(Jamaica Gleaner) Prime Minister Bruce Golding yesterday bowed to an avalanche of criticism over his stewardship of the country and appeared unmoved by a last-gasp attempt by Jamaica Labour Party (JLP) officials to rethink his intention to step aside as both head of government and party by November.
Golding confidant and JLP spokesperson Daryl Vaz told the media yesterday evening that the prime minister’s decision was final, even in the face of the party’s Central Executive’s unanimous rejection of the resignation.
Vaz, in an interview with The Gleaner hours after the announcement yesterday, however, added that the officer corps of the party would be meeting with Golding to have further discussions on the issue.
“This is not to be mixed up in relation to whether or not his position has changed. He has indicated his position to the executive today and subsequently issued a statement. Therefore, anything that happens subsequent to this is part of a process based on the party,” Vaz said.
According to Vaz, Golding’s decision to step down had been in the pipeline for some time.
“Remember that he had offered his resignation over 12 months ago and it was rejected by the party … . This is a discussion that he has had with several people inside the party.”
Golding, Jamaica’s eighth prime minister, who had been plagued by a nightmarish tenure, tendered his resignation at yesterday’s meeting of the Central Executive.
There were signs that something was amiss from last Saturday when he failed to show for a meeting where he was slated to deliver the main address to caretakers and councillors at the Jamaica Conference Centre.
Sources told The Gleaner that Golding had commissioned scholars at the University of the West Indies to a carry out a focus study. That study reportedly found that the task to regain squandered popularity would have been a Sisyphean one.
Four years after an impressive-sounding Golding was ushered to the helm of Jamaica’s political landscape, he appears to have succumbed to pressure surrounding the extradition row over gangster Christopher ‘Dudus’ Coke and his own plunging popularity against the backdrop of massive fallout from the global recession.
A statement released to the media disclosed that Golding will not be seeking re-election at the party’s annual general conference in November and will step down as prime minister as soon as a new leader is elected.
Insiders say the disclosure was made in a sombre atmosphere at the JLP’s Belmont Road, New Kingston, headquarters.
Golding stated that he had planned to lead the party into a second term of government and demit office within two years thereafter, but changed his mind.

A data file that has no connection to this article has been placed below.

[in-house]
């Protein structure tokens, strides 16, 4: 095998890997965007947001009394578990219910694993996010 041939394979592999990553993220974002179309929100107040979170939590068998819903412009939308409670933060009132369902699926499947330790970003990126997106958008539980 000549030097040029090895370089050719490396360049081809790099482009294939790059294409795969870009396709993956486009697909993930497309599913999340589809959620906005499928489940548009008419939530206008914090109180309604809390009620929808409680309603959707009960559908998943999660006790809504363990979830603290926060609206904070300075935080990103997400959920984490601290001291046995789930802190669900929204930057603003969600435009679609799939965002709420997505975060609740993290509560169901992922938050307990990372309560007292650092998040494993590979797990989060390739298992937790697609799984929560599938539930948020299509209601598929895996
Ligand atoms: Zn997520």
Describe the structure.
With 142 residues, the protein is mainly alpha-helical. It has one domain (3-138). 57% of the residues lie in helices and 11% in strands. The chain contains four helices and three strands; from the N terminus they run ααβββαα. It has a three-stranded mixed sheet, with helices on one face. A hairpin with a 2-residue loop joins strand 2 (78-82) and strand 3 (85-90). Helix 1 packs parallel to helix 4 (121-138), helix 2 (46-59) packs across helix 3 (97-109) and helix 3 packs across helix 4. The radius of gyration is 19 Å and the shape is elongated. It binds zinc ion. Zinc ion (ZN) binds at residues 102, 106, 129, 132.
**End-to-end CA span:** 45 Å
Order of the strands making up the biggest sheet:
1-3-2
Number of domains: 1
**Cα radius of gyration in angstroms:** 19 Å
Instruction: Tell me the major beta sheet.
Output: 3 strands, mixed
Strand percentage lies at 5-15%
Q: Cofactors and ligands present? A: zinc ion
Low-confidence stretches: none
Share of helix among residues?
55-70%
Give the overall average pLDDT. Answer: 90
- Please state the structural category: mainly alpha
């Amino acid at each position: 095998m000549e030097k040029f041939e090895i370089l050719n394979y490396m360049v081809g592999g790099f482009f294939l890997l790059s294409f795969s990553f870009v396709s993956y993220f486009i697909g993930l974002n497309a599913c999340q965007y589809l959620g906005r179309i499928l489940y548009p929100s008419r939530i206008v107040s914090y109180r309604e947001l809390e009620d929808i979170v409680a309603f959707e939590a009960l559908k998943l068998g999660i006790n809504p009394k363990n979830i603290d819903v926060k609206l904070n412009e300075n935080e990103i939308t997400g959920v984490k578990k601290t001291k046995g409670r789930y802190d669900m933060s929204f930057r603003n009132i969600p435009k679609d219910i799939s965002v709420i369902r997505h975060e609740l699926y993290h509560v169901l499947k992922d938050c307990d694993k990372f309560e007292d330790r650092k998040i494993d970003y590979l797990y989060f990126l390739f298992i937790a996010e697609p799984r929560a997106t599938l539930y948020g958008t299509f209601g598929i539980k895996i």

“The challenges of the last four years have taken their toll and it was appropriate now to make way for new leadership to continue the programmes of economic recovery and transformation, while mobilising the party for victory in the next general election.”
The Central Executive, the second most powerful mechanism in the JLP after the annual conference, dispatched a statement of rejection an hour and a half after Golding announced that he planned to throw in the towel.
This is the second time in less than two years that Golding has tendered his resignation as leader of the JLP and prime minister.
Golding decided to call it a day in May 2010 after he was bombarded with calls in the midst of the Coke extradition scandal which ignited the fury of the business and civic community, as well as ordinary Jamaicans.
However, Golding, a second-generation politician, was persuaded to change his mind, and the business community relented after he apologised in a nationwide broadcast.
Accompanying the apology was an about-face in Justice Minister Dorothy Lightbourne signing the authority for extradition proceedings to commence against Coke, the then Tivoli Gardens strongman who was wanted by the United States to face gun- and drug-running charges.
The scathing verbal assault on Golding was precipitated by a belated admission in Parliament in May 2010 that he had sanctioned his party’s decision to seek the assistance of United States law firm Manatt, Phelps & Phillips to negotiate with the Barack Obama administration in the contentious extradition matter, which had dragged on for nine months.
“In hindsight, the party should have never have got involved in the way it did,” he said in the nationwide broadcast. “I must accept responsibility for it and the way it was handled and I must express my remorse. I ask for your forgiveness,” Golding told the nation.
However, the prime minister, in what appeared to be a subsequent contradictory comment, insisted that if the request had been approved, Coke’s constitutional rights would have been breached.
Golding returned to lead the JLP in 2005, ten years after resigning as chairman amid a dissident row. He was invited to lead the National Democratic Movement (NDM) in late 1995, pitching its mission on a promise to transform Jamaica’s political landscape by dismantling garrison politics.
The failure of the NDM to win a single seat in the December 1997 general election sent Golding scurrying from the NDM. He returned to the JLP in 2002, taking the reins of party leader three years later.
Seaga retired in 2005 to make way for Golding, whose party defeated the People’s National Party in 2007 by a narrow margin – 32-28 – but his slender political capital has gone up in smoke.